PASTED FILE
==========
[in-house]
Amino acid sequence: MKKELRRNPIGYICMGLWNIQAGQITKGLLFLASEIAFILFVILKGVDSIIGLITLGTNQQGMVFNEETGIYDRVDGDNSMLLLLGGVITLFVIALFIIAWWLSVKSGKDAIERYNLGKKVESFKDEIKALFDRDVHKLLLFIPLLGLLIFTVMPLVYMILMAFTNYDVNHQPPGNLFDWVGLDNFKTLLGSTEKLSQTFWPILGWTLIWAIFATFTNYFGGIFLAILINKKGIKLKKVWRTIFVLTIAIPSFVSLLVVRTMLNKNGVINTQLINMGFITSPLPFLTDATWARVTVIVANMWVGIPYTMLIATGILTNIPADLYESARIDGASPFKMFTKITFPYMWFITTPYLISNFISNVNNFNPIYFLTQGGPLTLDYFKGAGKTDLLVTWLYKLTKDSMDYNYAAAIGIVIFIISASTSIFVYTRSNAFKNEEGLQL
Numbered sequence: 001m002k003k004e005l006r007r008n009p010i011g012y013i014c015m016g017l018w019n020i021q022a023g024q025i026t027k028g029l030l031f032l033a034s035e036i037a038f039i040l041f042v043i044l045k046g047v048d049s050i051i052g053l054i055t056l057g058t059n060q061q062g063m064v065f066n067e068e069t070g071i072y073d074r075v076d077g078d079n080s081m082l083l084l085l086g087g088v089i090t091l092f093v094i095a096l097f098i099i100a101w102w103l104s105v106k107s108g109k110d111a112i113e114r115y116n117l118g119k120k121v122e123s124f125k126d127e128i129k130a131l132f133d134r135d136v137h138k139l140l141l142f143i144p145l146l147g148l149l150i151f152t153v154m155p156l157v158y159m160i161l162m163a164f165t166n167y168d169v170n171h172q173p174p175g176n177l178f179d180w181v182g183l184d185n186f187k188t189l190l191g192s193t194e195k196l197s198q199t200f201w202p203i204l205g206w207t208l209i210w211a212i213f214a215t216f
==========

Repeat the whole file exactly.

[in-house]
Amino acid sequence: MKKELRRNPIGYICMGLWNIQAGQITKGLLFLASEIAFILFVILKGVDSIIGLITLGTNQQGMVFNEETGIYDRVDGDNSMLLLLGGVITLFVIALFIIAWWLSVKSGKDAIERYNLGKKVESFKDEIKALFDRDVHKLLLFIPLLGLLIFTVMPLVYMILMAFTNYDVNHQPPGNLFDWVGLDNFKTLLGSTEKLSQTFWPILGWTLIWAIFATFTNYFGGIFLAILINKKGIKLKKVWRTIFVLTIAIPSFVSLLVVRTMLNKNGVINTQLINMGFITSPLPFLTDATWARVTVIVANMWVGIPYTMLIATGILTNIPADLYESARIDGASPFKMFTKITFPYMWFITTPYLISNFISNVNNFNPIYFLTQGGPLTLDYFKGAGKTDLLVTWLYKLTKDSMDYNYAAAIGIVIFIISASTSIFVYTRSNAFKNEEGLQL
Numbered sequence: 001m002k003k004e005l006r007r008n009p010i011g012y013i014c015m016g017l018w019n020i021q022a023g024q025i026t027k028g029l030l031f032l033a034s035e036i037a038f039i040l041f042v043i044l045k046g047v048d049s050i051i052g053l054i055t056l057g058t059n060q061q062g063m064v065f066n067e068e069t070g071i072y073d074r075v076d077g078d079n080s081m082l083l084l085l086g087g088v089i090t091l092f093v094i095a096l097f098i099i100a101w102w103l104s105v106k107s108g109k110d111a112i113e114r115y116n117l118g119k120k121v122e123s124f125k126d127e128i129k130a131l132f133d134r135d136v137h138k139l140l141l142f143i144p145l146l147g148l149l150i151f152t153v154m155p156l157v158y159m160i161l162m163a164f165t166n167y168d169v170n171h172q173p174p175g176n177l178f179d180w181v182g183l184d185n186f187k188t189l190l191g192s193t194e195k196l197s198q199t200f201w202p203i204l205g206w207t208l209i210w211a212i213f214a215t216f